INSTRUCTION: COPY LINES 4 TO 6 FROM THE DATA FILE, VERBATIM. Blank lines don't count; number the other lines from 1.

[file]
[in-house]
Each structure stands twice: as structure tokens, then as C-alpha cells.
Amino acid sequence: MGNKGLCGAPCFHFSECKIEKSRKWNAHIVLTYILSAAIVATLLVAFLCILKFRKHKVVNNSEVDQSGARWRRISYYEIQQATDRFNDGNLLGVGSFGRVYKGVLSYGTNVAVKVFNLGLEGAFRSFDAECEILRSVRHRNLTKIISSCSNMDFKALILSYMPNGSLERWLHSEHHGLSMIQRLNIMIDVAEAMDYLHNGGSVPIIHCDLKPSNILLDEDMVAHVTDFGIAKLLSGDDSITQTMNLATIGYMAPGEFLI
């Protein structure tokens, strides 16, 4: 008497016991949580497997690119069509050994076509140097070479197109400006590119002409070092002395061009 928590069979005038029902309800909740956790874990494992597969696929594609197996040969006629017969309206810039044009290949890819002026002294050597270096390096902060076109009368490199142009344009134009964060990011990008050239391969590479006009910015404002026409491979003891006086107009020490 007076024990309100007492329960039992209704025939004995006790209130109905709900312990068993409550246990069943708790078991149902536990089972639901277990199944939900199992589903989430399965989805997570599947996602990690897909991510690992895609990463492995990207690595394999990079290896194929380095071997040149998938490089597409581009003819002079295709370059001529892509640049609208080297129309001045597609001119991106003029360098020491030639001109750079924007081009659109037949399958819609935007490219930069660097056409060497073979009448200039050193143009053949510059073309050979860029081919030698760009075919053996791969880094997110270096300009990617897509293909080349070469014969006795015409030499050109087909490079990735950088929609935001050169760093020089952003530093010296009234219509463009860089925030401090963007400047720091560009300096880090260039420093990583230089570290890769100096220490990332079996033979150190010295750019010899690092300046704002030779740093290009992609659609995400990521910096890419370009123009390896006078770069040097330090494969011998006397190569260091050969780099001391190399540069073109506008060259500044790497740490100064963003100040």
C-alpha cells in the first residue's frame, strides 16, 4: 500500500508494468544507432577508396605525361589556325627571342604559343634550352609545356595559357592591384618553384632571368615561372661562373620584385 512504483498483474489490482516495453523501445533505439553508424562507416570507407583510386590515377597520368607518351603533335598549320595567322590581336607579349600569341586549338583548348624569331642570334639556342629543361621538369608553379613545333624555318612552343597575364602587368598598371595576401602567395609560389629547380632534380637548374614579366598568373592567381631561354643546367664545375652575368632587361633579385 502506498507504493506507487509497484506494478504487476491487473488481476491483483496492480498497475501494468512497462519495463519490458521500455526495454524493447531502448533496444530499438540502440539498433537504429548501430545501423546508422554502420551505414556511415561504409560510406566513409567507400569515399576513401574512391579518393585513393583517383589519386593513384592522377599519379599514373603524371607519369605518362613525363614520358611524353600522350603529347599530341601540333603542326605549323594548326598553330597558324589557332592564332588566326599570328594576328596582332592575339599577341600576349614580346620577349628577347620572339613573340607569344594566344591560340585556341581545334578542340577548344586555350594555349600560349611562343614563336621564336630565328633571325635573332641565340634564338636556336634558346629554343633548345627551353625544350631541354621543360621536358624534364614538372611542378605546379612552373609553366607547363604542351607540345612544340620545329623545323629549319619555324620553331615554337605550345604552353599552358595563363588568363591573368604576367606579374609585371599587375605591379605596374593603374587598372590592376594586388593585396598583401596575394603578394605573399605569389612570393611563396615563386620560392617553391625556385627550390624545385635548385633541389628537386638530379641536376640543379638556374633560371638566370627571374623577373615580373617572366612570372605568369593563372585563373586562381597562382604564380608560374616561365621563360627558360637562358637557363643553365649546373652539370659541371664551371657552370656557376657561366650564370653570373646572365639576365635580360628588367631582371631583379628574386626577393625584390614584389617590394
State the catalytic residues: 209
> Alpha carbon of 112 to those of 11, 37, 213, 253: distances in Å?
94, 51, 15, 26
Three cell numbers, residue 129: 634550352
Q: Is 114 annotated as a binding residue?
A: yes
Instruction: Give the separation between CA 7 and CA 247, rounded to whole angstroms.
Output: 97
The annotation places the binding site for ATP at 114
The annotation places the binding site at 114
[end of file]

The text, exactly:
């Protein structure tokens, strides 16, 4: 008497016991949580497997690119069509050994076509140097070479197109400006590119002409070092002395061009 928590069979005038029902309800909740956790874990494992597969696929594609197996040969006629017969309206810039044009290949890819002026002294050597270096390096902060076109009368490199142009344009134009964060990011990008050239391969590479006009910015404002026409491979003891006086107009020490 007076024990309100007492329960039992209704025939004995006790209130109905709900312990068993409550246990069943708790078991149902536990089972639901277990199944939900199992589903989430399965989805997570599947996602990690897909991510690992895609990463492995990207690595394999990079290896194929380095071997040149998938490089597409581009003819002079295709370059001529892509640049609208080297129309001045597609001119991106003029360098020491030639001109750079924007081009659109037949399958819609935007490219930069660097056409060497073979009448200039050193143009053949510059073309050979860029081919030698760009075919053996791969880094997110270096300009990617897509293909080349070469014969006795015409030499050109087909490079990735950088929609935001050169760093020089952003530093010296009234219509463009860089925030401090963007400047720091560009300096880090260039420093990583230089570290890769100096220490990332079996033979150190010295750019010899690092300046704002030779740093290009992609659609995400990521910096890419370009123009390896006078770069040097330090494969011998006397190569260091050969780099001391190399540069073109506008060259500044790497740490100064963003100040």
C-alpha cells in the first residue's frame, strides 16, 4: 500500500508494468544507432577508396605525361589556325627571342604559343634550352609545356595559357592591384618553384632571368615561372661562373620584385 512504483498483474489490482516495453523501445533505439553508424562507416570507407583510386590515377597520368607518351603533335598549320595567322590581336607579349600569341586549338583548348624569331642570334639556342629543361621538369608553379613545333624555318612552343597575364602587368598598371595576401602567395609560389629547380632534380637548374614579366598568373592567381631561354643546367664545375652575368632587361633579385 502506498507504493506507487509497484506494478504487476491487473488481476491483483496492480498497475501494468512497462519495463519490458521500455526495454524493447531502448533496444530499438540502440539498433537504429548501430545501423546508422554502420551505414556511415561504409560510406566513409567507400569515399576513401574512391579518393585513393583517383589519386593513384592522377599519379599514373603524371607519369605518362613525363614520358611524353600522350603529347599530341601540333603542326605549323594548326598553330597558324589557332592564332588566326599570328594576328596582332592575339599577341600576349614580346620577349628577347620572339613573340607569344594566344591560340585556341581545334578542340577548344586555350594555349600560349611562343614563336621564336630565328633571325635573332641565340634564338636556336634558346629554343633548345627551353625544350631541354621543360621536358624534364614538372611542378605546379612552373609553366607547363604542351607540345612544340620545329623545323629549319619555324620553331615554337605550345604552353599552358595563363588568363591573368604576367606579374609585371599587375605591379605596374593603374587598372590592376594586388593585396598583401596575394603578394605573399605569389612570393611563396615563386620560392617553391625556385627550390624545385635548385633541389628537386638530379641536376640543379638556374633560371638566370627571374623577373615580373617572366612570372605568369593563372585563373586562381597562382604564380608560374616561365621563360627558360637562358637557363643553365649546373652539370659541371664551371657552370656557376657561366650564370653570373646572365639576365635580360628588367631582371631583379628574386626577393625584390614584389617590394
State the catalytic residues: 209